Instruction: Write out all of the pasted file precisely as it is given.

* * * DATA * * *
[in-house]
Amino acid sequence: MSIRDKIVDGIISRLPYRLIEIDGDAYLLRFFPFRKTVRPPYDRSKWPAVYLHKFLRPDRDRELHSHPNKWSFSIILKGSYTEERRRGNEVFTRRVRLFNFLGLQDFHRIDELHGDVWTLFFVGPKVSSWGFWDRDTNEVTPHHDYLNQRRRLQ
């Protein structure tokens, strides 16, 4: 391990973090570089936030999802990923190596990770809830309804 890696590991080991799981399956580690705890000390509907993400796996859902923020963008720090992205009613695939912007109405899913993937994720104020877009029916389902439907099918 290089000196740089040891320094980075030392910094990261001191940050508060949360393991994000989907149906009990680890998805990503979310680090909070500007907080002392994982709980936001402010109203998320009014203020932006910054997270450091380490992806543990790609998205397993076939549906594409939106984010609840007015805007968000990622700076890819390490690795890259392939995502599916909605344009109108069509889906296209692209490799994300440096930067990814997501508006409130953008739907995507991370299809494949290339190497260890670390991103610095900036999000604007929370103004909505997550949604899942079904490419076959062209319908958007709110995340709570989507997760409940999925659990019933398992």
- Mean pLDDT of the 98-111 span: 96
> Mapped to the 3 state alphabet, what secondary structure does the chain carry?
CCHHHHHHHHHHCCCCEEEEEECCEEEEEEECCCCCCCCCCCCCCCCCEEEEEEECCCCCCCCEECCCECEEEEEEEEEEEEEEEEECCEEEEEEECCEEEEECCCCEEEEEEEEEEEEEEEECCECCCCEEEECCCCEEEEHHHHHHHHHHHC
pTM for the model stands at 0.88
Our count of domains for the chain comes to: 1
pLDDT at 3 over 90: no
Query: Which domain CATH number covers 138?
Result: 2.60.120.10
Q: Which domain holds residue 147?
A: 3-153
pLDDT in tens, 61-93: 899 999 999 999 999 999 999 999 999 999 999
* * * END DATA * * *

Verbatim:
[in-house]
Amino acid sequence: MSIRDKIVDGIISRLPYRLIEIDGDAYLLRFFPFRKTVRPPYDRSKWPAVYLHKFLRPDRDRELHSHPNKWSFSIILKGSYTEERRRGNEVFTRRVRLFNFLGLQDFHRIDELHGDVWTLFFVGPKVSSWGFWDRDTNEVTPHHDYLNQRRRLQ
């Protein structure tokens, strides 16, 4: 391990973090570089936030999802990923190596990770809830309804 890696590991080991799981399956580690705890000390509907993400796996859902923020963008720090992205009613695939912007109405899913993937994720104020877009029916389902439907099918 290089000196740089040891320094980075030392910094990261001191940050508060949360393991994000989907149906009990680890998805990503979310680090909070500007907080002392994982709980936001402010109203998320009014203020932006910054997270450091380490992806543990790609998205397993076939549906594409939106984010609840007015805007968000990622700076890819390490690795890259392939995502599916909605344009109108069509889906296209692209490799994300440096930067990814997501508006409130953008739907995507991370299809494949290339190497260890670390991103610095900036999000604007929370103004909505997550949604899942079904490419076959062209319908958007709110995340709570989507997760409940999925659990019933398992």
- Mean pLDDT of the 98-111 span: 96
> Mapped to the 3 state alphabet, what secondary structure does the chain carry?
CCHHHHHHHHHHCCCCEEEEEECCEEEEEEECCCCCCCCCCCCCCCCCEEEEEEECCCCCCCCEECCCECEEEEEEEEEEEEEEEEECCEEEEEEECCEEEEECCCCEEEEEEEEEEEEEEEECCECCCCEEEECCCCEEEEHHHHHHHHHHHC
pTM for the model stands at 0.88
Our count of domains for the chain comes to: 1
pLDDT at 3 over 90: no
Query: Which domain CATH number covers 138?
Result: 2.60.120.10
Q: Which domain holds residue 147?
A: 3-153
pLDDT in tens, 61-93: 899 999 999 999 999 999 999 999 999 999 999